A dream is nothing but a lucky idea that comes to us from the dark, all-unifying world of the psyche. What would be more natural, when we have lost ourselves amid the endless particulars and isolated details of the world’s surface, than to knock at the door of dreams and inquire of them the bearings which would bring us closer to the basic facts of human existence? Here we encounter the obstinate prejudice that dreams are so much froth, they are not real, they lie, they are mere wish-fulfillments. All this is but an excuse not to take dreams seriously, for that would be uncomfortable. Our intellectual hubris of consciousness loves isolation despite all its inconveniences, and for this reason people will do anything rather than admit that dreams are real and speak the truth. There are some saints who had very rude dreams. Where would their saintliness be, the very thing that exalts them above the vulgar rabble, if the obscenity of a dream were a real truth? But it is just the most squalid dreams that emphasize our blood-kinship with the rest of mankind, and most effectively damp down the arrogance born of an atrophy of the instincts. Even if the whole world were to fall to pieces, the unity of the psyche would never be shattered. And the wider and more numerous the fissures on the surface, the more this unity is strengthened in the depths.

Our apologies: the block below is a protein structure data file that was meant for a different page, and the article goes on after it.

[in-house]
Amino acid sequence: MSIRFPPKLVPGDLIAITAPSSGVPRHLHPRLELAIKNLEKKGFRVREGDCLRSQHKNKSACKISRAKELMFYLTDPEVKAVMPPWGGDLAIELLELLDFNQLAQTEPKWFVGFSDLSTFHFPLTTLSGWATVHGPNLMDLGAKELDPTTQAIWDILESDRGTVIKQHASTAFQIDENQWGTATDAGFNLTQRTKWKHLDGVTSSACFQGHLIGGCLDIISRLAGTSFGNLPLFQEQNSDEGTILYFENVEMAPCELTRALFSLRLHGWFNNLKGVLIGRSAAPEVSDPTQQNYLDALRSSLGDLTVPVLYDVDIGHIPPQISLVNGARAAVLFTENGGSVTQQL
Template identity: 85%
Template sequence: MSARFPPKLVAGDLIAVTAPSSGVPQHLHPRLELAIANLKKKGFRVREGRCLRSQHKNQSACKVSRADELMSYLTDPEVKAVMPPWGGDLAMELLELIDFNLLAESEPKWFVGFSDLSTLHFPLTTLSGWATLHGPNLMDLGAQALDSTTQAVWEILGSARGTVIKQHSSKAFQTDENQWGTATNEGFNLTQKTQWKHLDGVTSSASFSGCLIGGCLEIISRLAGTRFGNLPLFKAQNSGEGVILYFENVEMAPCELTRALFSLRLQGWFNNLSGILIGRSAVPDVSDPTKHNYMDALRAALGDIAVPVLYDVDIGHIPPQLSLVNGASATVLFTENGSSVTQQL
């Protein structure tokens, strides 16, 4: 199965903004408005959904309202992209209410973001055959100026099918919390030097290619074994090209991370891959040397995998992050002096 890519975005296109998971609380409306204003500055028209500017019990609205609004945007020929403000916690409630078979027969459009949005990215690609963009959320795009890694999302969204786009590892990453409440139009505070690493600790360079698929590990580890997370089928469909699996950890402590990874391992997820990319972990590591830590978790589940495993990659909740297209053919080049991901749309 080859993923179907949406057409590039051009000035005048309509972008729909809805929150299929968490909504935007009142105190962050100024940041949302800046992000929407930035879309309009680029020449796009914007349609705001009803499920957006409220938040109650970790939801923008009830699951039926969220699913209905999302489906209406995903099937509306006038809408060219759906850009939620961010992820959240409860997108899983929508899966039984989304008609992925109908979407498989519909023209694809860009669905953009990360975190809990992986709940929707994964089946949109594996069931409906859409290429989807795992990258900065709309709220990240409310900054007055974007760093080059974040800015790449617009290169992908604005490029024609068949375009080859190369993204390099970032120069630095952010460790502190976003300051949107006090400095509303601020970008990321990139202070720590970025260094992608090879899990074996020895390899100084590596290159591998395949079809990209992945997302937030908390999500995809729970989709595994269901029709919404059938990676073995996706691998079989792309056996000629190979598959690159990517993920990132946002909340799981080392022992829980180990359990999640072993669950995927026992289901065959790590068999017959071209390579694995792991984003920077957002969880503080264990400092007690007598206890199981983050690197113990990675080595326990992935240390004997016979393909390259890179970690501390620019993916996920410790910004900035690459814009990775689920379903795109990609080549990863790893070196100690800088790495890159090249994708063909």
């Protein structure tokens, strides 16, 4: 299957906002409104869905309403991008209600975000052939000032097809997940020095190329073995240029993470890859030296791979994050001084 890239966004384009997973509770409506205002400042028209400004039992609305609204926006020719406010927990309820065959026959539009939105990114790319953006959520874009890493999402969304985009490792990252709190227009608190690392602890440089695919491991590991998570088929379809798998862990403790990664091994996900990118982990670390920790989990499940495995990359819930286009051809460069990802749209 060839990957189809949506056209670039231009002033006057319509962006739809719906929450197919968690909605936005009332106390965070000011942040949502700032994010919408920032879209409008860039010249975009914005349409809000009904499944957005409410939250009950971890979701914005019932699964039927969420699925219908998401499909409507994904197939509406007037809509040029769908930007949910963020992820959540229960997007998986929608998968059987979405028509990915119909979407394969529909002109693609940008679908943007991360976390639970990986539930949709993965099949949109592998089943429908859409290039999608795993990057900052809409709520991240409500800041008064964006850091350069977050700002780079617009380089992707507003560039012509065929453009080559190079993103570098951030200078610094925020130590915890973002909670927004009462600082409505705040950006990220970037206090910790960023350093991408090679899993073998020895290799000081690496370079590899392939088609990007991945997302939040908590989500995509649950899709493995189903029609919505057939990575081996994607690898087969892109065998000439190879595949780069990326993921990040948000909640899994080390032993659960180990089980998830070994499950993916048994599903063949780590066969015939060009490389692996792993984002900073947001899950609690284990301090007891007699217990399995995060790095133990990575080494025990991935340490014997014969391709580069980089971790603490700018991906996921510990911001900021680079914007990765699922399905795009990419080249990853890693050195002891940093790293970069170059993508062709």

“The Meaning of Psychology for Modern Man” (1933). In CW 10: Civilization in Transition. pg. 305
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